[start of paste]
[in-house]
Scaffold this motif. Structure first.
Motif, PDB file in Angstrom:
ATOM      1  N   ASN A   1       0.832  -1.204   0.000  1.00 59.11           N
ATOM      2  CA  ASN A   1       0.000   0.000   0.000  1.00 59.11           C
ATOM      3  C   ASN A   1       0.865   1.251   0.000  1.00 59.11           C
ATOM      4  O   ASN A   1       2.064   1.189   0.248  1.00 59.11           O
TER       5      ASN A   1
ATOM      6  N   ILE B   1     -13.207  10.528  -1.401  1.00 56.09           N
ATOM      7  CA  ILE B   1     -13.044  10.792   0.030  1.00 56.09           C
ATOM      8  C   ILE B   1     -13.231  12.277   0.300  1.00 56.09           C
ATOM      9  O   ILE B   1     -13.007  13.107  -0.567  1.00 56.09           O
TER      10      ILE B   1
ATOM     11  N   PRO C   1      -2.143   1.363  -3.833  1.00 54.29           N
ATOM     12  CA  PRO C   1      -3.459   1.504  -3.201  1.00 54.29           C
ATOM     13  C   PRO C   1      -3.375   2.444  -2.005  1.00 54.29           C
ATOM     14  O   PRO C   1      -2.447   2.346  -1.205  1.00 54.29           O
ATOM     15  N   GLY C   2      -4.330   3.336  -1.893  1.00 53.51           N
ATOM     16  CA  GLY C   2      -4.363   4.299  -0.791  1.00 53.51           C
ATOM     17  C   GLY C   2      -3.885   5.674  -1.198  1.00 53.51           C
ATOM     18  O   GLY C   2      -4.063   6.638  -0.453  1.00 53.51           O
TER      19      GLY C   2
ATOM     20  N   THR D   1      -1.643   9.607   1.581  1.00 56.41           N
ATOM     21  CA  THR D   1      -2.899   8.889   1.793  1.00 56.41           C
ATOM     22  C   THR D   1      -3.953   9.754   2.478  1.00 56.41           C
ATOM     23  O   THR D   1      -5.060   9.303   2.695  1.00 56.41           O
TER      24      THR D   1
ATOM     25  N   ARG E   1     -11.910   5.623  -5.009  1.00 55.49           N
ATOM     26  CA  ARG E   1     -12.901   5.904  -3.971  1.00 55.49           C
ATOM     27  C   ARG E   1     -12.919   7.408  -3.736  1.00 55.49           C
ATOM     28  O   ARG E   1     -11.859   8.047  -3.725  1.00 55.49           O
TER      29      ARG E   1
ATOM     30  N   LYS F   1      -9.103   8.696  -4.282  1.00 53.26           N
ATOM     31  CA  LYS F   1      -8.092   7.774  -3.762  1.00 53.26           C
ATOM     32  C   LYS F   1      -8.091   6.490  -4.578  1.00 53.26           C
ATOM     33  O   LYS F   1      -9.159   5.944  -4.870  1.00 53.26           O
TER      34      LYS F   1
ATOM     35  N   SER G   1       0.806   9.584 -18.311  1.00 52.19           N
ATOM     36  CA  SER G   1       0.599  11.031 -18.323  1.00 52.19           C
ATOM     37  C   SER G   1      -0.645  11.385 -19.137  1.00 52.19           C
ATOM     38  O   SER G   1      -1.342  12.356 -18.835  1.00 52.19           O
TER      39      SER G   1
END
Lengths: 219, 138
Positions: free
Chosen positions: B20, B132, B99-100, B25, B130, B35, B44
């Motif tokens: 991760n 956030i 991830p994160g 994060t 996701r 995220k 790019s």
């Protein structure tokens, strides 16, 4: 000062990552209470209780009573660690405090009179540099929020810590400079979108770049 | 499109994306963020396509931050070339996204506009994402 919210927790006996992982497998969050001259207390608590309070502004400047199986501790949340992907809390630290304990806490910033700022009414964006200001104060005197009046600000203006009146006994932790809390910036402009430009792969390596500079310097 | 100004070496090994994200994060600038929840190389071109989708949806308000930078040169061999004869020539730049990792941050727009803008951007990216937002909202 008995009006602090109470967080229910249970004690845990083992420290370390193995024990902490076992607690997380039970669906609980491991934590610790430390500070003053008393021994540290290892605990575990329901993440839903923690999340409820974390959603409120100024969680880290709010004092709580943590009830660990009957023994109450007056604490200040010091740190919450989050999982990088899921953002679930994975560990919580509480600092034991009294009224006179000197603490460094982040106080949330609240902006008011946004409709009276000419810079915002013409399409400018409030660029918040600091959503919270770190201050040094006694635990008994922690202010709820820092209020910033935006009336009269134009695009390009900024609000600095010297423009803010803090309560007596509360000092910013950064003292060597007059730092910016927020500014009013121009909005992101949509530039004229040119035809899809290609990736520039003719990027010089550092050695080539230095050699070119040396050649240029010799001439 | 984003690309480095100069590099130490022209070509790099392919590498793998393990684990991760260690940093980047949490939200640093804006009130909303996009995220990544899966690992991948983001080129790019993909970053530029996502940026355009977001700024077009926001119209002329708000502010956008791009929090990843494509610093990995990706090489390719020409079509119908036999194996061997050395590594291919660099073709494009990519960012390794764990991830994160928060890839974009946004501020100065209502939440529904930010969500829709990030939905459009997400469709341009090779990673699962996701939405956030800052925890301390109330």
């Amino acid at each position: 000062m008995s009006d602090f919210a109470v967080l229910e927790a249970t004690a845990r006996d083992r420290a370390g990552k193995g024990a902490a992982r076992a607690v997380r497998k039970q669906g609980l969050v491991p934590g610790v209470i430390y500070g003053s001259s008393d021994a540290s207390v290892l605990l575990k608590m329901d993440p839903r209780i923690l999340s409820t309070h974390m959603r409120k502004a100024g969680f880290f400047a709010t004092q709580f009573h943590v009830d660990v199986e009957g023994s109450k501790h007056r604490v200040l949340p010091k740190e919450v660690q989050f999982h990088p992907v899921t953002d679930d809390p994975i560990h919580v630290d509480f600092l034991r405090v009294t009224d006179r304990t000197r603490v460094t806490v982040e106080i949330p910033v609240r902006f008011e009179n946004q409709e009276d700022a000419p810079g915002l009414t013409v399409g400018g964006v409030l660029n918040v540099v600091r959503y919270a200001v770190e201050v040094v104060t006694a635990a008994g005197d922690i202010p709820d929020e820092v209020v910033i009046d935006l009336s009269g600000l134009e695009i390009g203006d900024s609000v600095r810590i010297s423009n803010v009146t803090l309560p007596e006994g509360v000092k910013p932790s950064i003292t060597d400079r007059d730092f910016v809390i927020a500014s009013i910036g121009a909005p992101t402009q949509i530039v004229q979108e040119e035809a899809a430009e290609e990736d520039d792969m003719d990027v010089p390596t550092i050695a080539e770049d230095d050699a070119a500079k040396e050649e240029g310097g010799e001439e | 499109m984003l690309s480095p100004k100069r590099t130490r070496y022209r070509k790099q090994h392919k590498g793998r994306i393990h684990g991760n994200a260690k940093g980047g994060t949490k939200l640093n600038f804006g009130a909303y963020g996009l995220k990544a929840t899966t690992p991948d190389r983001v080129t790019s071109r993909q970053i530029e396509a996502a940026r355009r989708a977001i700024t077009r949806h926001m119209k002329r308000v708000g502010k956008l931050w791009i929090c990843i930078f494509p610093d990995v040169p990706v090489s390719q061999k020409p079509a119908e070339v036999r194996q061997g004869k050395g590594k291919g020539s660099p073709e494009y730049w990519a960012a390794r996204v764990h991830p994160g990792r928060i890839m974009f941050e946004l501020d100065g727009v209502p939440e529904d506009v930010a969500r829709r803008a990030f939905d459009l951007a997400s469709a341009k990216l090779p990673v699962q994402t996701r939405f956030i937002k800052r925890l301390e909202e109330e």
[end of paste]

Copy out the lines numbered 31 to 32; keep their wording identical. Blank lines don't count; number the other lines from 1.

ATOM     28  O   ARG E   1     -11.859   8.047  -3.725  1.00 55.49           O
TER      29      ARG E   1